Scholar on Jewish Law emphasizes importance of social safety net
Professor Michael Broyde to Discuss Jewish Legal System as Foundation for Modern Law
Jewish law has provided a strong foundation for the modern Western legal system, says Professor Michael J. Broyde of Emory University.
Professor Broyde, who is giving a lecture at Congregation Mount Sinai on Monday, May 23, gave a scoop preview this week to the Brooklyn Eagle on the close bond between law, faith and morality, and on the Jewish rabbinic legal tradition’s influence on modern law. What follows are some excerpts from this interview.
“From the perspective of the Jewish tradition, a central feature of religion is its close connection to law. I understand fully well that not every faith agrees with that. Some faiths perceive religion and law to be like peanut butter and steak — opposites; each is good, but not to be done together,” Broyde pointed out. “The Jewish tradition thinks that a central characteristic of being a good person is determining what the law is, and being obedient to it.”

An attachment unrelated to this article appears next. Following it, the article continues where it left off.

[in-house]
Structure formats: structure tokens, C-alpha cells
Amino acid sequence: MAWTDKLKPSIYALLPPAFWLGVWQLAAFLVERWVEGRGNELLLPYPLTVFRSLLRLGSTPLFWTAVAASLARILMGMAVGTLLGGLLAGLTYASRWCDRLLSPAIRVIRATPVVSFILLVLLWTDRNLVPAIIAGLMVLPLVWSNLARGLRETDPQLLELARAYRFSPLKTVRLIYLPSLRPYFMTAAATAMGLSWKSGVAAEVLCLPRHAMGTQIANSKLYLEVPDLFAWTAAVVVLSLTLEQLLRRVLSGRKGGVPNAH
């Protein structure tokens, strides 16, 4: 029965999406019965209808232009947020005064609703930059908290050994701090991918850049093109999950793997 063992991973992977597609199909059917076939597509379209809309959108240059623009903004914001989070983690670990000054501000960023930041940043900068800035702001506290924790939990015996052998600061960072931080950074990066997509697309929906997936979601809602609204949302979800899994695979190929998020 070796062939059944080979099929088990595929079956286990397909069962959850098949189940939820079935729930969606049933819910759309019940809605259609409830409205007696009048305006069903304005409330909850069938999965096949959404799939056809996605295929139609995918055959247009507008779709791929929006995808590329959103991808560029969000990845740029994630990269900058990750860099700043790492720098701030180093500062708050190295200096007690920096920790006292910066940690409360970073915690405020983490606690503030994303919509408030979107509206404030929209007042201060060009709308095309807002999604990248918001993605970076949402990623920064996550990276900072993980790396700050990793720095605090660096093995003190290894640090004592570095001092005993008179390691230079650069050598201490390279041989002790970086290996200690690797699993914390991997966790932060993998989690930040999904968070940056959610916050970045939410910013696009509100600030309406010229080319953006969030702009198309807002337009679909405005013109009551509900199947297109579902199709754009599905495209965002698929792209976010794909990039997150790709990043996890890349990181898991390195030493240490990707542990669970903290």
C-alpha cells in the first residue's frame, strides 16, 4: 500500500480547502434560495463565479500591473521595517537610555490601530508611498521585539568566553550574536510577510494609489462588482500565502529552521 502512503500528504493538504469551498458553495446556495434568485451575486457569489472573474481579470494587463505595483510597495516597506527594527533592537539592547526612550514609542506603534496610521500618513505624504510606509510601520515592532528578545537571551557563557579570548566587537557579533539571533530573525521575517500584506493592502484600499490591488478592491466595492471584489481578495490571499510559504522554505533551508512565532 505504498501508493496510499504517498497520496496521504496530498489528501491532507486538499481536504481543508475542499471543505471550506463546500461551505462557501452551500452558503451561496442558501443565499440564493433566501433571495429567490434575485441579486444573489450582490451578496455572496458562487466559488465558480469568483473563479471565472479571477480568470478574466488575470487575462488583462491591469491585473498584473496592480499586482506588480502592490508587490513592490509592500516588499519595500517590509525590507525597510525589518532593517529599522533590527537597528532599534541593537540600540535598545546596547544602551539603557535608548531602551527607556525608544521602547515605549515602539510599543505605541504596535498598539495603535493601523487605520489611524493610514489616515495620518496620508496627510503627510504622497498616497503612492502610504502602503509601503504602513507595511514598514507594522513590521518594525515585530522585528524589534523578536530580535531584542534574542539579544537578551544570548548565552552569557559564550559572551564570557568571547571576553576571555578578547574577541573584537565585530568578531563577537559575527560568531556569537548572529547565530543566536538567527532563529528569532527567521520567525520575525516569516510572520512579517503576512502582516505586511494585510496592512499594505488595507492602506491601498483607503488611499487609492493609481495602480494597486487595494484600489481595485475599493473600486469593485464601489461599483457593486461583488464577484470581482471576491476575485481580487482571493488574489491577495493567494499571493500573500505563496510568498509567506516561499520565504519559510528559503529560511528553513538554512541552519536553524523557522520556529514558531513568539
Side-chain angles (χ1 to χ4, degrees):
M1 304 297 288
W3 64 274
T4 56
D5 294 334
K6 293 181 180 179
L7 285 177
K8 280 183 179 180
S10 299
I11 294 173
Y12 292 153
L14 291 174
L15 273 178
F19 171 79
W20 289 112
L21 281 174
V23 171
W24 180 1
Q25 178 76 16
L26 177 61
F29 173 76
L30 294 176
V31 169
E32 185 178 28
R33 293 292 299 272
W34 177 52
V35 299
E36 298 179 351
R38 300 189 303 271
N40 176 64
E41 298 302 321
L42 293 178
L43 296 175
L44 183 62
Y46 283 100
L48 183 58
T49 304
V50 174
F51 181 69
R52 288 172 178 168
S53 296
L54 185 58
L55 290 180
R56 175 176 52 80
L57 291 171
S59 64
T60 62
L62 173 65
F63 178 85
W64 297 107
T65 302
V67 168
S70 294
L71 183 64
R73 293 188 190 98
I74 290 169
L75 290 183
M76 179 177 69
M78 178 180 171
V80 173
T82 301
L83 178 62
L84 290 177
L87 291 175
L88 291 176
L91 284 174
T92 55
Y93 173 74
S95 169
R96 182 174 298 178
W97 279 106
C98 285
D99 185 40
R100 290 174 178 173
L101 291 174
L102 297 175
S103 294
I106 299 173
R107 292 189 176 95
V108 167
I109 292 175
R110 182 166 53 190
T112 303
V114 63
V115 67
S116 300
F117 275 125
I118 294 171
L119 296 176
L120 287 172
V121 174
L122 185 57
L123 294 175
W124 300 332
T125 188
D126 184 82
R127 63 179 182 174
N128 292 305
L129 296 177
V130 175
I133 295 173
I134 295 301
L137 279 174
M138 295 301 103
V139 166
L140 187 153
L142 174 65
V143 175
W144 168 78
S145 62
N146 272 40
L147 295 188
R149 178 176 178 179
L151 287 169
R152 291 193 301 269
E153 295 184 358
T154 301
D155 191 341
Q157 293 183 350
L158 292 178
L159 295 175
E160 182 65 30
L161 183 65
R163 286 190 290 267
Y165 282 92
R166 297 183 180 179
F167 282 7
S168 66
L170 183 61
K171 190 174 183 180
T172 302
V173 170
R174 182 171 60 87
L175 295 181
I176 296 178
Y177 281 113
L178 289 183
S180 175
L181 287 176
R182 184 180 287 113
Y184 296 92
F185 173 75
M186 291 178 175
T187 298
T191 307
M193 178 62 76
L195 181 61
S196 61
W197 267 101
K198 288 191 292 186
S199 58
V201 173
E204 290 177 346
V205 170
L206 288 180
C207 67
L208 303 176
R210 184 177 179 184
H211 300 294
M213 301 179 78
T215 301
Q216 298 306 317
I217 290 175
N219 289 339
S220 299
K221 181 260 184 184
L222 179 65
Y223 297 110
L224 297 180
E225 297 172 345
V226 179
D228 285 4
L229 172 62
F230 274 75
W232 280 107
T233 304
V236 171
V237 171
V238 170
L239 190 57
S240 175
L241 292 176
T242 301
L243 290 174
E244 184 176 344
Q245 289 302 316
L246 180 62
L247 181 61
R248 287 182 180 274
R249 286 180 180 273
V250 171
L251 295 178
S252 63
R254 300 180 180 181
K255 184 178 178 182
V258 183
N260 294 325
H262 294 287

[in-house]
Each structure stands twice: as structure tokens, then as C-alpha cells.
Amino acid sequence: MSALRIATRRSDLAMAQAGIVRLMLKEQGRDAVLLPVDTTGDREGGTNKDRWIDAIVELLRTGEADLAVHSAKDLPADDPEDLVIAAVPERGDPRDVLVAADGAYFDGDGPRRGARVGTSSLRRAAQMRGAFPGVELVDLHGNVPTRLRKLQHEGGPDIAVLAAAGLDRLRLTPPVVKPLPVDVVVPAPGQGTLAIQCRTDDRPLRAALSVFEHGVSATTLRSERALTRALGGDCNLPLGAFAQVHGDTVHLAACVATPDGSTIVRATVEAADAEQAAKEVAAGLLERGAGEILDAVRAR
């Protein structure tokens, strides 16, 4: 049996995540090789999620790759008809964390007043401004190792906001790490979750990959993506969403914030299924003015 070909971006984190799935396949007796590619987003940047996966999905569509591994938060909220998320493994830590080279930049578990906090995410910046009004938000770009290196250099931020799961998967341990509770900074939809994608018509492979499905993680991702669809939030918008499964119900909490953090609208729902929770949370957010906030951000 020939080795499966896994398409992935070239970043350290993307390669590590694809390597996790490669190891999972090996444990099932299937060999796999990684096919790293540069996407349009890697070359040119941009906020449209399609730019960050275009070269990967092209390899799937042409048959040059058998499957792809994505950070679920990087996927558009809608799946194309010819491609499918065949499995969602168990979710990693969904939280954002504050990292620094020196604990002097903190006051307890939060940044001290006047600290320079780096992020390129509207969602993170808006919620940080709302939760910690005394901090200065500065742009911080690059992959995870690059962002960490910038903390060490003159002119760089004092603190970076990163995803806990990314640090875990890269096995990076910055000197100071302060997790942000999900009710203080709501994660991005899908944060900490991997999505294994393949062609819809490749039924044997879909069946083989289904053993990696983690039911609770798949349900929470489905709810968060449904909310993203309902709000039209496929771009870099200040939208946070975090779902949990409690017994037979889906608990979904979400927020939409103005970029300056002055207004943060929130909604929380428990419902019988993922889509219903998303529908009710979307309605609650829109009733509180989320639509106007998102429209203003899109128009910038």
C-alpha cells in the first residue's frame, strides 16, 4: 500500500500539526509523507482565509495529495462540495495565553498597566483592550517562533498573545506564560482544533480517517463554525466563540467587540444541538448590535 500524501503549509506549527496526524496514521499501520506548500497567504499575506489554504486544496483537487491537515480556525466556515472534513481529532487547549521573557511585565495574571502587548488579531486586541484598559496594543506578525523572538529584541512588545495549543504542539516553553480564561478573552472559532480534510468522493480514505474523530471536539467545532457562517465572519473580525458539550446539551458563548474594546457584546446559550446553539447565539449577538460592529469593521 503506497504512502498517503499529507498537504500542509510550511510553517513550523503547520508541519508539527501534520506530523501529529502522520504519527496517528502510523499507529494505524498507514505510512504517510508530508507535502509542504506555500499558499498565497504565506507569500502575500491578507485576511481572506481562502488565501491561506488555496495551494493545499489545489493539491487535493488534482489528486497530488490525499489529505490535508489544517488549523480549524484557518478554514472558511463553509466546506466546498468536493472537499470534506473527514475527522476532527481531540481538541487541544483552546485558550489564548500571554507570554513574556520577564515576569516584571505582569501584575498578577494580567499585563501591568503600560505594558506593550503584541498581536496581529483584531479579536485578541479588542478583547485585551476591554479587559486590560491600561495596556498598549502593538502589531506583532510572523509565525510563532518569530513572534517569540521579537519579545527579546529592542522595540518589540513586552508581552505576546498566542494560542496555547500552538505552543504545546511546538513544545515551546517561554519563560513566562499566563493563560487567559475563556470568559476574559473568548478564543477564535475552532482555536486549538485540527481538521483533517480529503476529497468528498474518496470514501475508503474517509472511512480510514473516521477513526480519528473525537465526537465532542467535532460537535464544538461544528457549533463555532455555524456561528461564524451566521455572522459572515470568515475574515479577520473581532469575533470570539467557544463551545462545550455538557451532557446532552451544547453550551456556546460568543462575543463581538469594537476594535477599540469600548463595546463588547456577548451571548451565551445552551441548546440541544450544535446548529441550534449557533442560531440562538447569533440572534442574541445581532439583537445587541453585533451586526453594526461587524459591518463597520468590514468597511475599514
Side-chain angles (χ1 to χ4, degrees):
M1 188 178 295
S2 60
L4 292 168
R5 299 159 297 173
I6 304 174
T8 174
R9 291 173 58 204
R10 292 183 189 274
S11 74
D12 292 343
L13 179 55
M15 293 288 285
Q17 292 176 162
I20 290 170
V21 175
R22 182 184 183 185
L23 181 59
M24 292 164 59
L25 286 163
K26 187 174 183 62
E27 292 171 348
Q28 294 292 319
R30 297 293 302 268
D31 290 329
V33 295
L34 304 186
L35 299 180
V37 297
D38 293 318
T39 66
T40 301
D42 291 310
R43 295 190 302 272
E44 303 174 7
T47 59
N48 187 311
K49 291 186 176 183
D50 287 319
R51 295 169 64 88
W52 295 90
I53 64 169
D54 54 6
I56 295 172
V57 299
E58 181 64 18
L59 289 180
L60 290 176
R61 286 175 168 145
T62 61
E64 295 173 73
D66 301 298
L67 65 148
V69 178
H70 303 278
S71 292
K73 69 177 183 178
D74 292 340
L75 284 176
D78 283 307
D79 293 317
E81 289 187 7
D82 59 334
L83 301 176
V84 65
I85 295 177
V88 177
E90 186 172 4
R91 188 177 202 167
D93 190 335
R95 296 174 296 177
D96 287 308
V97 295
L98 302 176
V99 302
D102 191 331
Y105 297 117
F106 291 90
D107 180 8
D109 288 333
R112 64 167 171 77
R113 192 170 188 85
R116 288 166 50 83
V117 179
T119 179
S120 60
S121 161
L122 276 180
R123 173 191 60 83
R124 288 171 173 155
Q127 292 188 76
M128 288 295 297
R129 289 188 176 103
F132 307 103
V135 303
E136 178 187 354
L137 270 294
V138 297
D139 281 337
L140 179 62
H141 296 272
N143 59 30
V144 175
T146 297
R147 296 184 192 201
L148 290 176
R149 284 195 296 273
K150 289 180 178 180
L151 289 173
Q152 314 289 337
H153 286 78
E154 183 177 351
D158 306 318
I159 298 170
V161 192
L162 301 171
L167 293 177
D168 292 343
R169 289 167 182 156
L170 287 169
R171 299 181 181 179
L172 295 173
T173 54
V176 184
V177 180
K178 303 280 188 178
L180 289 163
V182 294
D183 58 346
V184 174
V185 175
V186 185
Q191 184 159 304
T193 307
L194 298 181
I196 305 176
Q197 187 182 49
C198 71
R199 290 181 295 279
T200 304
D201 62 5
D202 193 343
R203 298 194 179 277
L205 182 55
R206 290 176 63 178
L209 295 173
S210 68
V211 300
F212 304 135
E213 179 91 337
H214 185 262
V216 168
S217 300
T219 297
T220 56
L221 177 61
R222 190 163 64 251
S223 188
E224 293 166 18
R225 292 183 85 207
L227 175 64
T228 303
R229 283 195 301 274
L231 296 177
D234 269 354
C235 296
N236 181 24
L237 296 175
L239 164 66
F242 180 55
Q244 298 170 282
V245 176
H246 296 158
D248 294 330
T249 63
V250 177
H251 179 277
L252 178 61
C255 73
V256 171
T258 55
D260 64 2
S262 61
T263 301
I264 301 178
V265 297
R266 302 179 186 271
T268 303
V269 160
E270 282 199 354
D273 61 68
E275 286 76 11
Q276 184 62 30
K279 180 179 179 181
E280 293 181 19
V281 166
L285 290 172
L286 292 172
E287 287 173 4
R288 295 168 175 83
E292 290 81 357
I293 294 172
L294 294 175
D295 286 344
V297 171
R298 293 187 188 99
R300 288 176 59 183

Among Broyde’s key points: The Jewish legal tradition, halakhah, closely connects morality, good behavior and religion; Judaism set forth the modern system of law and established parameters on behavior; justice is tied to a fully functioning ethical society; and Jewish tradition lays out principles that are “timeless and timely” — valid even if contemporary examples and applications didn’t exist or if ancient ones are obsolete. For example, the Internet didn’t yet exist in ancient times, but many principles of the Jewish tradition on privacy and reading of other people’s mail still apply here.